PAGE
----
Well, suck. We had one of those "we'll look back on it later and laugh" moments last night at the Comic Stop screening of OA. I promoted it, the shop promoted it (both on the front page of their website and on their MySpace page), and they'd had customers asking about it and phone calls asking about it for days. Kayleigh and I spent two hours setting up the back room for the screening.
Dennis (Lucifer), Natasha (Eloa), Aaron (Cadmiel) and Oliver (Child) showed, Dan (Editor/Assoc. Producer) showed, Oliver's family showed, and Brian (friend and associate) showed. No one else showed. Granted, the wether was crappy and Seattle was setting records for multiple-car accidents, so maybe it's to be expected... maybe it was just a crappy time to hold a screening.
On the upside, I got to hang out with Kayleigh, have dinner with her, chat. That's always good. And I got to see some of my actors again, which is always fun for me. I also hadn't seen Dan in over a month I think. So it was a nice reunion. We're looking at holding a mini-film fest at Emerald City Comicon in May, and will assemble our actors again for a better-targeted experience.
I've decided I'll hold off on the posting about Planet Terror until I've watched Death Proof as well. This Friday for movie night I will screen something family friendly first, and then show Planet Terror after the kids go off downstairs to play games. That's usually how it works. Pizza and one flick, then they get bored and go amuse themselves with games and various creative projects. Which is great, really, because I get daddy/kid time, and I also get Todd/adult-friends time.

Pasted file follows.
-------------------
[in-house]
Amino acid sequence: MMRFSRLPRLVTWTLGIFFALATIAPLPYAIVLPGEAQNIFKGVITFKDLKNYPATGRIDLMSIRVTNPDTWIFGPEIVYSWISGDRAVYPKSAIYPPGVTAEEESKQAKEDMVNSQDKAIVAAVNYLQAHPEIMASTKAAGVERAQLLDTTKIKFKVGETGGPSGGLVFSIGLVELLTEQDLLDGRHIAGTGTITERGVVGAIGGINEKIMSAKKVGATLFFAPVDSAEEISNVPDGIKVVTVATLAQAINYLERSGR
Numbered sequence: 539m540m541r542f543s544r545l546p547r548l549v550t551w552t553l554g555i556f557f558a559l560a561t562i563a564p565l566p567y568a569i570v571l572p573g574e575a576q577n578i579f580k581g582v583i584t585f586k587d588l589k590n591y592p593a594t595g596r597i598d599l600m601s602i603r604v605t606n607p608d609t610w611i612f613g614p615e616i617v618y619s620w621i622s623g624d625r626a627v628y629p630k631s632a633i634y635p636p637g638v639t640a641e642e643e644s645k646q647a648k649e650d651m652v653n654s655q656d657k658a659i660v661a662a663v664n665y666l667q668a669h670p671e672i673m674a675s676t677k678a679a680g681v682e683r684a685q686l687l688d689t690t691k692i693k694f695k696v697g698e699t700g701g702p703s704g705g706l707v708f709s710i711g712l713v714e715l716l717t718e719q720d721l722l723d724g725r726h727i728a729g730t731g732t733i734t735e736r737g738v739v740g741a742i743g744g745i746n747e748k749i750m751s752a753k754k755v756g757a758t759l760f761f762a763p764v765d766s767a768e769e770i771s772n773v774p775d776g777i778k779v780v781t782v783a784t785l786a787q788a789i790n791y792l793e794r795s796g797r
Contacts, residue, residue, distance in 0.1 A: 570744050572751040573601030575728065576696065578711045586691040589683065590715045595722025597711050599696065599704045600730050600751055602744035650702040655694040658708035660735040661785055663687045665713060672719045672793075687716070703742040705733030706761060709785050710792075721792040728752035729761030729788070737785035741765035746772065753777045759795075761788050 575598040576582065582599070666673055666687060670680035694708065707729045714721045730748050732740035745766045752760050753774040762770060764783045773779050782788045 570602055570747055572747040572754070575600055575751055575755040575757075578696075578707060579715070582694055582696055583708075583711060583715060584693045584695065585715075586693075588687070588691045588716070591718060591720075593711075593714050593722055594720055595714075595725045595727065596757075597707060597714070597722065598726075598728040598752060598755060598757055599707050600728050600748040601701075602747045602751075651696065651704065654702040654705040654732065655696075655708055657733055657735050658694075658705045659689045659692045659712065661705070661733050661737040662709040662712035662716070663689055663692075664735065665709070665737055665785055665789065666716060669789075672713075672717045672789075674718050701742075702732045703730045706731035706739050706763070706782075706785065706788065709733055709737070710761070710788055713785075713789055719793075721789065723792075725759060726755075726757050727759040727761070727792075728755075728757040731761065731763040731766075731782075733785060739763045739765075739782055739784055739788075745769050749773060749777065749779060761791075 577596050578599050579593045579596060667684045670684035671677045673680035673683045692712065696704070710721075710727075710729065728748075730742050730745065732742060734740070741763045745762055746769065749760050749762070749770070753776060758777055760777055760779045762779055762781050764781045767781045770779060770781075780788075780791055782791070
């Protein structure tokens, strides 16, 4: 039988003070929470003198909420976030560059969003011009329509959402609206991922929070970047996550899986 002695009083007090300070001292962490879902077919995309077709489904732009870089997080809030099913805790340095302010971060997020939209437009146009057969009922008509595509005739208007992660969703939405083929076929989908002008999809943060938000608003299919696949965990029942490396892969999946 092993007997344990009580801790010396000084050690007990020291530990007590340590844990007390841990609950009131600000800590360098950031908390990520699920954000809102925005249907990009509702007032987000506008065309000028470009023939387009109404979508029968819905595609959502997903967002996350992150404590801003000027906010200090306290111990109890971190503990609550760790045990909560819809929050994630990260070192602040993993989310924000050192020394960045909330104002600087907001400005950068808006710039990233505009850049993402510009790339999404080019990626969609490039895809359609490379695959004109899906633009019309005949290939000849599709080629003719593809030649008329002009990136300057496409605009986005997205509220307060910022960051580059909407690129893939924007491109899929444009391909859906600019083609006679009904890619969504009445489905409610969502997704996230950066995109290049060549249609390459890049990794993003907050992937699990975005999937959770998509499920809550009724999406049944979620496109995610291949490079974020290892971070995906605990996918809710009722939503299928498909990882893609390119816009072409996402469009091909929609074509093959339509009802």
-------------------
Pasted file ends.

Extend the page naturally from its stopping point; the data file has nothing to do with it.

Kayleigh has been discovering her dad's life through the films of John Hughes. Last week it was Ferris Bueller's Day Off, or An Analog for Todd's Senior Year in High School. She's already seen The Breakfast Club, or The Time Todd Got Caught Having a Ferris Bueller Day Off and Got Sent to Saturday School. This week it will be She's Having a Baby, or Todd & Sam Get Married and Begin Adult Life. It's really spooky how John Hughes and Cameron Crowe really nailed my life - how they captured the essence of the post-Boomer generation. Case in point: Fast Times at Ridgemont High (written by Crowe, directed by Amy Heckerling) - came out in 1982, the summer before my freshman year in high school. The Breakfast Club (written & directed by Hughes) - came out in 1985, junior year. Ferris Bueller's Day Off (written & directed by Hughes) - came out in 1986, senior year. She's Having a Baby (written & directed by Hughes) - came out in 1988, forecasting the life of Todd & Sam by 2 to 4 years. Say Anything (written & directed by Crowe) - came out in 1989, recalling the life of Todd & Sam 3 or 4 years previous. Singles (written & directed by Crowe) - came out in 1992, just after we moved to Seattle, capturing the essence of being a twentysomething creative type in the Emerald City. I guess they've just had an eye for the zeitgeist.
Anyway, back to the morning grind. Gotta drop Kayleigh at school and Elvis at the vet. Then back to work writing.